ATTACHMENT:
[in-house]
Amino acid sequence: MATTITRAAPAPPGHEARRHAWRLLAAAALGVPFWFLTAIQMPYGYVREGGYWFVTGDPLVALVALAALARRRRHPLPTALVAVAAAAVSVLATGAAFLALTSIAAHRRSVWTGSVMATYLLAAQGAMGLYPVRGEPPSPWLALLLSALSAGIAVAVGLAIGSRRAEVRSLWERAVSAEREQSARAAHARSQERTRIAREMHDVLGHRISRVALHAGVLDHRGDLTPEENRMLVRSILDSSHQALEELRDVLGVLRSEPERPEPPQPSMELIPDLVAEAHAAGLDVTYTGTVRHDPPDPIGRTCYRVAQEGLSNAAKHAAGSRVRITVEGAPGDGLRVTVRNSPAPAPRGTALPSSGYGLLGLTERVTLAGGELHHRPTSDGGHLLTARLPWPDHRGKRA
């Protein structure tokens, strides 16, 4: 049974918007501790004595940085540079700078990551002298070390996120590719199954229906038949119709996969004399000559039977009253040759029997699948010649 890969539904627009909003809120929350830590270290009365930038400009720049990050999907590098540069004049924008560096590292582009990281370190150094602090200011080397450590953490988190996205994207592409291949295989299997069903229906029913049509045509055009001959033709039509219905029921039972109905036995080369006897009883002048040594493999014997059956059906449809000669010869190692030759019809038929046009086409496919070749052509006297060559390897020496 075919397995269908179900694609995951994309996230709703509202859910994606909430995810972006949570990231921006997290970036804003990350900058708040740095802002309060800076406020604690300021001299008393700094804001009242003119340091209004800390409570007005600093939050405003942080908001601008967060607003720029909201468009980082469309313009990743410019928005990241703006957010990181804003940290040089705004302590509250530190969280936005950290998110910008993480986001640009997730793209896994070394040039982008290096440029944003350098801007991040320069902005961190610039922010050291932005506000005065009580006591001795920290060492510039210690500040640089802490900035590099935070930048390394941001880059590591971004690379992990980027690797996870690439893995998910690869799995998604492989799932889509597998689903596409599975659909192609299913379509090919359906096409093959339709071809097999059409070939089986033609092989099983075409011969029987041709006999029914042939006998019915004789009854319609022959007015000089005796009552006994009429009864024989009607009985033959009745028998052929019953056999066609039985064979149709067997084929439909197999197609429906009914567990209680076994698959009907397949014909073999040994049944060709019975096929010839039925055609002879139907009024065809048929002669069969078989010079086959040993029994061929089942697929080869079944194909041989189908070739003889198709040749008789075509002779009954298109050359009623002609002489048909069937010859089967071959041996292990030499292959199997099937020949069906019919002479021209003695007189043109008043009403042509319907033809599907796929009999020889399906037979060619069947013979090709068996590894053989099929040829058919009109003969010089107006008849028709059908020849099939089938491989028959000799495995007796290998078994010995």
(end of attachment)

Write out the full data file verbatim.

[in-house]
Amino acid sequence: MATTITRAAPAPPGHEARRHAWRLLAAAALGVPFWFLTAIQMPYGYVREGGYWFVTGDPLVALVALAALARRRRHPLPTALVAVAAAAVSVLATGAAFLALTSIAAHRRSVWTGSVMATYLLAAQGAMGLYPVRGEPPSPWLALLLSALSAGIAVAVGLAIGSRRAEVRSLWERAVSAEREQSARAAHARSQERTRIAREMHDVLGHRISRVALHAGVLDHRGDLTPEENRMLVRSILDSSHQALEELRDVLGVLRSEPERPEPPQPSMELIPDLVAEAHAAGLDVTYTGTVRHDPPDPIGRTCYRVAQEGLSNAAKHAAGSRVRITVEGAPGDGLRVTVRNSPAPAPRGTALPSSGYGLLGLTERVTLAGGELHHRPTSDGGHLLTARLPWPDHRGKRA
């Protein structure tokens, strides 16, 4: 049974918007501790004595940085540079700078990551002298070390996120590719199954229906038949119709996969004399000559039977009253040759029997699948010649 890969539904627009909003809120929350830590270290009365930038400009720049990050999907590098540069004049924008560096590292582009990281370190150094602090200011080397450590953490988190996205994207592409291949295989299997069903229906029913049509045509055009001959033709039509219905029921039972109905036995080369006897009883002048040594493999014997059956059906449809000669010869190692030759019809038929046009086409496919070749052509006297060559390897020496 075919397995269908179900694609995951994309996230709703509202859910994606909430995810972006949570990231921006997290970036804003990350900058708040740095802002309060800076406020604690300021001299008393700094804001009242003119340091209004800390409570007005600093939050405003942080908001601008967060607003720029909201468009980082469309313009990743410019928005990241703006957010990181804003940290040089705004302590509250530190969280936005950290998110910008993480986001640009997730793209896994070394040039982008290096440029944003350098801007991040320069902005961190610039922010050291932005506000005065009580006591001795920290060492510039210690500040640089802490900035590099935070930048390394941001880059590591971004690379992990980027690797996870690439893995998910690869799995998604492989799932889509597998689903596409599975659909192609299913379509090919359906096409093959339709071809097999059409070939089986033609092989099983075409011969029987041709006999029914042939006998019915004789009854319609022959007015000089005796009552006994009429009864024989009607009985033959009745028998052929019953056999066609039985064979149709067997084929439909197999197609429906009914567990209680076994698959009907397949014909073999040994049944060709019975096929010839039925055609002879139907009024065809048929002669069969078989010079086959040993029994061929089942697929080869079944194909041989189908070739003889198709040749008789075509002779009954298109050359009623002609002489048909069937010859089967071959041996292990030499292959199997099937020949069906019919002479021209003695007189043109008043009403042509319907033809599907796929009999020889399906037979060619069947013979090709068996590894053989099929040829058919009109003969010089107006008849028709059908020849099939089938491989028959000799495995007796290998078994010995």